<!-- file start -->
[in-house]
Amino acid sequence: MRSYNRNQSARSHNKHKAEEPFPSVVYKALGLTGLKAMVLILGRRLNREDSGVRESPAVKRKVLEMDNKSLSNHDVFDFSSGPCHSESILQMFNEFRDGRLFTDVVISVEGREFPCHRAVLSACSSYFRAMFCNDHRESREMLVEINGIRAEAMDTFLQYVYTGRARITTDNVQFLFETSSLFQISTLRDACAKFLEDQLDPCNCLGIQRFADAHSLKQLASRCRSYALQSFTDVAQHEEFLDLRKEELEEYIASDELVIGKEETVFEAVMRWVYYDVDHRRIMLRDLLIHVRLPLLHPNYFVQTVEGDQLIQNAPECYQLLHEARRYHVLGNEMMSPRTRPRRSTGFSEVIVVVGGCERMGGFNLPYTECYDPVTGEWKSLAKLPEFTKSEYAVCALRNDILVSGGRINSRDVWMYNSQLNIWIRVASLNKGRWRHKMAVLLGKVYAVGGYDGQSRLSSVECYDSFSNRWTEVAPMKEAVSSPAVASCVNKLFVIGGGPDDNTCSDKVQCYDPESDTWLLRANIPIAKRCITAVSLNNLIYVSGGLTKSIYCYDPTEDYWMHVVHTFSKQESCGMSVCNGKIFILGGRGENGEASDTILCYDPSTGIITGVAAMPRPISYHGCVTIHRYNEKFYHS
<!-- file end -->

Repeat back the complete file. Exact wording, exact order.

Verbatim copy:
[in-house]
Amino acid sequence: MRSYNRNQSARSHNKHKAEEPFPSVVYKALGLTGLKAMVLILGRRLNREDSGVRESPAVKRKVLEMDNKSLSNHDVFDFSSGPCHSESILQMFNEFRDGRLFTDVVISVEGREFPCHRAVLSACSSYFRAMFCNDHRESREMLVEINGIRAEAMDTFLQYVYTGRARITTDNVQFLFETSSLFQISTLRDACAKFLEDQLDPCNCLGIQRFADAHSLKQLASRCRSYALQSFTDVAQHEEFLDLRKEELEEYIASDELVIGKEETVFEAVMRWVYYDVDHRRIMLRDLLIHVRLPLLHPNYFVQTVEGDQLIQNAPECYQLLHEARRYHVLGNEMMSPRTRPRRSTGFSEVIVVVGGCERMGGFNLPYTECYDPVTGEWKSLAKLPEFTKSEYAVCALRNDILVSGGRINSRDVWMYNSQLNIWIRVASLNKGRWRHKMAVLLGKVYAVGGYDGQSRLSSVECYDSFSNRWTEVAPMKEAVSSPAVASCVNKLFVIGGGPDDNTCSDKVQCYDPESDTWLLRANIPIAKRCITAVSLNNLIYVSGGLTKSIYCYDPTEDYWMHVVHTFSKQESCGMSVCNGKIFILGGRGENGEASDTILCYDPSTGIITGVAAMPRPISYHGCVTIHRYNEKFYHS